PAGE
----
So my assumption is that - because the only way I can deploy is via a Build Hook with Azure DevOps - branch deploy is not a feature that I can leverage as a Azure DevOps user?

At least that seems to be the case from the last comment of this thread.

Hi, @JeremyW. Actually, the branch deploys feature should work for Azure DevOps. As long as you are using a Git based deploy, branch deploys will work for any Git host.

This is interesting:

Based on this, it sounds like the webhook isn’t always sent. I can check this our database to see if we are receiving the webhooks when commits happen for staging. To do this I would need to know the date, time, and timezone of a push to upstream for that branch and repo. However, I think you can check the webhook configuration to determine this without me looking at the database I recommend trying that first.

What was interesting to me was that the webhook was received when you made staging the production branch at Netlify. I’m guessing that there was also a change made in Azure at that time. Is that correct?

I mention this because there are only two requirements to trigger a build at Netlify:

  • the repo and branch are configured for a site at Netlify with the required permissions for the repo
  • there is a webhook sent to Netlify that a new commit has been pushed to the upstream repo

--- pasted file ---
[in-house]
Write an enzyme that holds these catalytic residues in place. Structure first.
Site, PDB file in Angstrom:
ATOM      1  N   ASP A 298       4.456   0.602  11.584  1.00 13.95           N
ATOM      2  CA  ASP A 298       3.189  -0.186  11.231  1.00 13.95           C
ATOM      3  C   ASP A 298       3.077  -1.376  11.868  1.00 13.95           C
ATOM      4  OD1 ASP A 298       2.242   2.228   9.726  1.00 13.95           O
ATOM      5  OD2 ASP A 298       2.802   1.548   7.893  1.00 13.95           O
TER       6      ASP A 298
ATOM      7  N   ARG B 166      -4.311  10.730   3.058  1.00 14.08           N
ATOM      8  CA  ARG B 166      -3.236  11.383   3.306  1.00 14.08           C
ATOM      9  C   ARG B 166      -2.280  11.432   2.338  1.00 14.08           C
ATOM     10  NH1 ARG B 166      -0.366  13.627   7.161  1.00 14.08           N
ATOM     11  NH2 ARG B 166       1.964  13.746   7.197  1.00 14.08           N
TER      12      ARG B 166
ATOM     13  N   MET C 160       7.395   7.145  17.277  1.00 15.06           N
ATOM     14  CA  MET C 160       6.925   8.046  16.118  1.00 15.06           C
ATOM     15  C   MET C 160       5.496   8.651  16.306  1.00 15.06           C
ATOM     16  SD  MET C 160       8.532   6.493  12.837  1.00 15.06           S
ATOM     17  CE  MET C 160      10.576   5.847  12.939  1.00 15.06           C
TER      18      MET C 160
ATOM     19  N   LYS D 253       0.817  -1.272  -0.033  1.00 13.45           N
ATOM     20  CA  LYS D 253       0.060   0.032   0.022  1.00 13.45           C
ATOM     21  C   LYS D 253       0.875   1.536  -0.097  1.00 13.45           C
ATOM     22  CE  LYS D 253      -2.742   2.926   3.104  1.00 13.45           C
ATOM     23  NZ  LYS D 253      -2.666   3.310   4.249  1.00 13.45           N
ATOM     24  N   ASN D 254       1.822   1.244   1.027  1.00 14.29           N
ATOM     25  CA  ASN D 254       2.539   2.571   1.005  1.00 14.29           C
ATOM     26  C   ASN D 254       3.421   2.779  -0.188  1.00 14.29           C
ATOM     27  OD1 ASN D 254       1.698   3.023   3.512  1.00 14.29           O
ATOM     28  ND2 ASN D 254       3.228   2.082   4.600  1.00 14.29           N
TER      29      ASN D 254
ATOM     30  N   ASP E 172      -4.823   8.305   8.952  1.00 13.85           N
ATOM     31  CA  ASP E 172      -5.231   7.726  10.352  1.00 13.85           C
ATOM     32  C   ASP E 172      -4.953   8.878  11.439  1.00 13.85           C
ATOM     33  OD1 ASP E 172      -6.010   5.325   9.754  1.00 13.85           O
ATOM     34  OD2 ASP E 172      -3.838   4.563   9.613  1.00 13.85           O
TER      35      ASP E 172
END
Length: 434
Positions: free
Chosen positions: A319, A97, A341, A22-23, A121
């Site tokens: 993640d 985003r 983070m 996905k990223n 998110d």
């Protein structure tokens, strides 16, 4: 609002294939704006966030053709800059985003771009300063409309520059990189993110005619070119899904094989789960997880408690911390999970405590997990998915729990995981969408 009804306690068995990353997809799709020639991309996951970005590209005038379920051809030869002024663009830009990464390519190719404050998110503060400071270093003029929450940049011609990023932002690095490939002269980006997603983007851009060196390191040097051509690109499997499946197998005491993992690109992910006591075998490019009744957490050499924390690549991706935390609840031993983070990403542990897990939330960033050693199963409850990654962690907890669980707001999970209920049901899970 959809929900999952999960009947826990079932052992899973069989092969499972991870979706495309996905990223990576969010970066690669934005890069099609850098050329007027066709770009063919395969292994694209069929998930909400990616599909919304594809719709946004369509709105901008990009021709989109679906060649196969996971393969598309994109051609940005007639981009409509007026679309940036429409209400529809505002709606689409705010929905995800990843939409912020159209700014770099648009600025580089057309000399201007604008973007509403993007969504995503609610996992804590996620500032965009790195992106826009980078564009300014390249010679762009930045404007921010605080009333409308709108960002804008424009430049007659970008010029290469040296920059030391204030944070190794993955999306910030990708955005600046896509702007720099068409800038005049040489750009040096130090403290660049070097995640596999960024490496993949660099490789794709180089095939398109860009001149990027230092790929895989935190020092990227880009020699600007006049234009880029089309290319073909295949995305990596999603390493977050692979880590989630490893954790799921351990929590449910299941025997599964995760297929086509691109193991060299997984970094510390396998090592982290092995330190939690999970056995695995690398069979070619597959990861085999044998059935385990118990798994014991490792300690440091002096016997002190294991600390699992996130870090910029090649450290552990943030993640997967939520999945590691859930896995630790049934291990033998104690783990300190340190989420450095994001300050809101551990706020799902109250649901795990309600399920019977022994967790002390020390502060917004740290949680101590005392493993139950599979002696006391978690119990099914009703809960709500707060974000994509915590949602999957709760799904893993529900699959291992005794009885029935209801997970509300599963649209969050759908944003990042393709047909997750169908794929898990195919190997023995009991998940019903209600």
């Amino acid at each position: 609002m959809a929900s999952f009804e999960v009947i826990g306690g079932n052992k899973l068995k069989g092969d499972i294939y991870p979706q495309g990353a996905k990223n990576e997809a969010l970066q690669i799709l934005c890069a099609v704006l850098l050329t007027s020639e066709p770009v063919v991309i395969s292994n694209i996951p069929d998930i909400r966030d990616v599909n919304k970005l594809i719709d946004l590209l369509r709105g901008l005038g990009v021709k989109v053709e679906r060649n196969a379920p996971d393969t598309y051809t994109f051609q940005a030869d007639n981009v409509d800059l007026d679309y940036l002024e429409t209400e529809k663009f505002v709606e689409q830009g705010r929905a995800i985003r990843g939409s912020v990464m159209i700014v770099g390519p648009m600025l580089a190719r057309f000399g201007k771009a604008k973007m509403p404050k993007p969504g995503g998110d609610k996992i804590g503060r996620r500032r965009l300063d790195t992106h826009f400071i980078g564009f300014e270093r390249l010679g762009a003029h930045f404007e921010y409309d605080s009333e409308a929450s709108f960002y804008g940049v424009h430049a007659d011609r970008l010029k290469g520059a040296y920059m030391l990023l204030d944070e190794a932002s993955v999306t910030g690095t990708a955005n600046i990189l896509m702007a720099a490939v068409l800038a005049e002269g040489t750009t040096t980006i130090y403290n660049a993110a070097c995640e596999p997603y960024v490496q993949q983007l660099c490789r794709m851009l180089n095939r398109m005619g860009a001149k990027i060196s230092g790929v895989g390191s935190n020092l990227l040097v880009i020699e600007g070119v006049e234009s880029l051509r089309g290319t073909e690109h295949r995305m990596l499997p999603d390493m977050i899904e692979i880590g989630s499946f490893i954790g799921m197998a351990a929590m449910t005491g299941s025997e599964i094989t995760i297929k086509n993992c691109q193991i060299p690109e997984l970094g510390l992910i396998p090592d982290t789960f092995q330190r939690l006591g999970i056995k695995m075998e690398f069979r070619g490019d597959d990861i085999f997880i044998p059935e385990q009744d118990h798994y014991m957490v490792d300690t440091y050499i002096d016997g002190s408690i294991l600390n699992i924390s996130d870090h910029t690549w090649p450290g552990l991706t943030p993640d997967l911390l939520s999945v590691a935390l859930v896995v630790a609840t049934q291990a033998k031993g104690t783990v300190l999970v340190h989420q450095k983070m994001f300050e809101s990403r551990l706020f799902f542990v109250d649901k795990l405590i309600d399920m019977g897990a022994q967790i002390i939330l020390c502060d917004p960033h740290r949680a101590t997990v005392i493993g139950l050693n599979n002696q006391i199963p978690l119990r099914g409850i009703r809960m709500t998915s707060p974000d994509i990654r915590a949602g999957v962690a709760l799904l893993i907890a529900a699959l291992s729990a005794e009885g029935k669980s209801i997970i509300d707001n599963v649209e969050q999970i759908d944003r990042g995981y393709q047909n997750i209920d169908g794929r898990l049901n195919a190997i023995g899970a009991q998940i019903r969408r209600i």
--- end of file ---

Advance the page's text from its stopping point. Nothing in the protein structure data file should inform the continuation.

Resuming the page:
I’m curious why we received the webhook for staging once but never again. Did you create and remove a new webhook?

To summarize, my best guess is that the webhooks in Azure are configured to only trigger when certain branches are pushed. There appears to be documentation about the webhook settings here:

Would you please confirm that you are sending commits for all branches and not just specific branches in the webhook configuration?

If you configure it to send for all branches (or at least all branches you are using at Netlify) then branch deploys should work normally.

If that doesn’t fix it or if there are other questions, please let us know.

Thanks again @luke ,

I only changed the production branch to Staging here in Netlify, nothing else;

The plot thickens however :stuck_out_tongue:

You are correct, the hook configuration in Azure was set to “main” and not [Any]. I have changed it to [Any] and when I pushed a commit to the Staging branch it auto deployed. Sounds good… but it deployed Main again :joy:

What I do notice is this hook config in Netlify specifying that the “main” branch will be deployed;


When you try to add a hook in Netlify you can only select a single branch, not ‘any’. So it kinda feels like Azures happy to trigger on anything but the Netlify hook only handles a specified branch. That would explain the push to “staging” still deploying something.

I set this up by following the video in that Support item I shared earlier. That’s probably why the Azure hook wasn’t quite right… a - “we’ll just do this for now” scenario. I’ll review the configs and rewatch that video to see if I missed something on Netlify’s end.